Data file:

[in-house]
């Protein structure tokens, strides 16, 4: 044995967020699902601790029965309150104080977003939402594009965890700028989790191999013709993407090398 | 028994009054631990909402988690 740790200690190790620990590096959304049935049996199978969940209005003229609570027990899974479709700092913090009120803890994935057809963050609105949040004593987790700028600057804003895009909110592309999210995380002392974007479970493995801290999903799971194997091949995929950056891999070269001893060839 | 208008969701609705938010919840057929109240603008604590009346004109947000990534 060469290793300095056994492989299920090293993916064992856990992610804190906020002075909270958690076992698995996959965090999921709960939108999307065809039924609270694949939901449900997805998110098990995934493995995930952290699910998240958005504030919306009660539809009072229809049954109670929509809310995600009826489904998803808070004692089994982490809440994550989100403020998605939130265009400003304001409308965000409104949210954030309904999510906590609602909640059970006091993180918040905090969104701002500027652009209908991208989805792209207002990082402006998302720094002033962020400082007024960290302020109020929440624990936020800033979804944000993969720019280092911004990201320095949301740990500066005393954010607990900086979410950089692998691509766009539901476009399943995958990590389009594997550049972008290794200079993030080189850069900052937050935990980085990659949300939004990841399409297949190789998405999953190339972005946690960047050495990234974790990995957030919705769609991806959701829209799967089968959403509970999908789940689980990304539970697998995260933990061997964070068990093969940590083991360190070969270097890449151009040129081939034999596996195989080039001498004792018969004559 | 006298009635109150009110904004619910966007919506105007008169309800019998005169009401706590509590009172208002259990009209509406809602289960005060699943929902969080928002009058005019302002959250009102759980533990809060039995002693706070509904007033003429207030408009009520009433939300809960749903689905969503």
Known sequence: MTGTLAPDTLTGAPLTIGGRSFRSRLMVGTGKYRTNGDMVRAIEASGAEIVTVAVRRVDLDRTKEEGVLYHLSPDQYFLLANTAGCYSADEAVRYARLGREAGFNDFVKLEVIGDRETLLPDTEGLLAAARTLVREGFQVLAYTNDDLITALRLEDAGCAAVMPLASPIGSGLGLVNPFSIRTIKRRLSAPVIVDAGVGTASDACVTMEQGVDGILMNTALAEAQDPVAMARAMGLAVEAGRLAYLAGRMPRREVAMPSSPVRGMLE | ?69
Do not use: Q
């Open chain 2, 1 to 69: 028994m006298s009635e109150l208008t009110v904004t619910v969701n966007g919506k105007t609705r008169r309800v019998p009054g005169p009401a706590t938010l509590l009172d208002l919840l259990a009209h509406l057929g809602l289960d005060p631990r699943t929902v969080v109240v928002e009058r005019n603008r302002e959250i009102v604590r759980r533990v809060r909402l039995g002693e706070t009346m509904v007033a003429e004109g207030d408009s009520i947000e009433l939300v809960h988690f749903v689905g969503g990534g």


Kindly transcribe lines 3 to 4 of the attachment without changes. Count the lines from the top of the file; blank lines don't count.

Known sequence: MTGTLAPDTLTGAPLTIGGRSFRSRLMVGTGKYRTNGDMVRAIEASGAEIVTVAVRRVDLDRTKEEGVLYHLSPDQYFLLANTAGCYSADEAVRYARLGREAGFNDFVKLEVIGDRETLLPDTEGLLAAARTLVREGFQVLAYTNDDLITALRLEDAGCAAVMPLASPIGSGLGLVNPFSIRTIKRRLSAPVIVDAGVGTASDACVTMEQGVDGILMNTALAEAQDPVAMARAMGLAVEAGRLAYLAGRMPRREVAMPSSPVRGMLE | ?69
Do not use: Q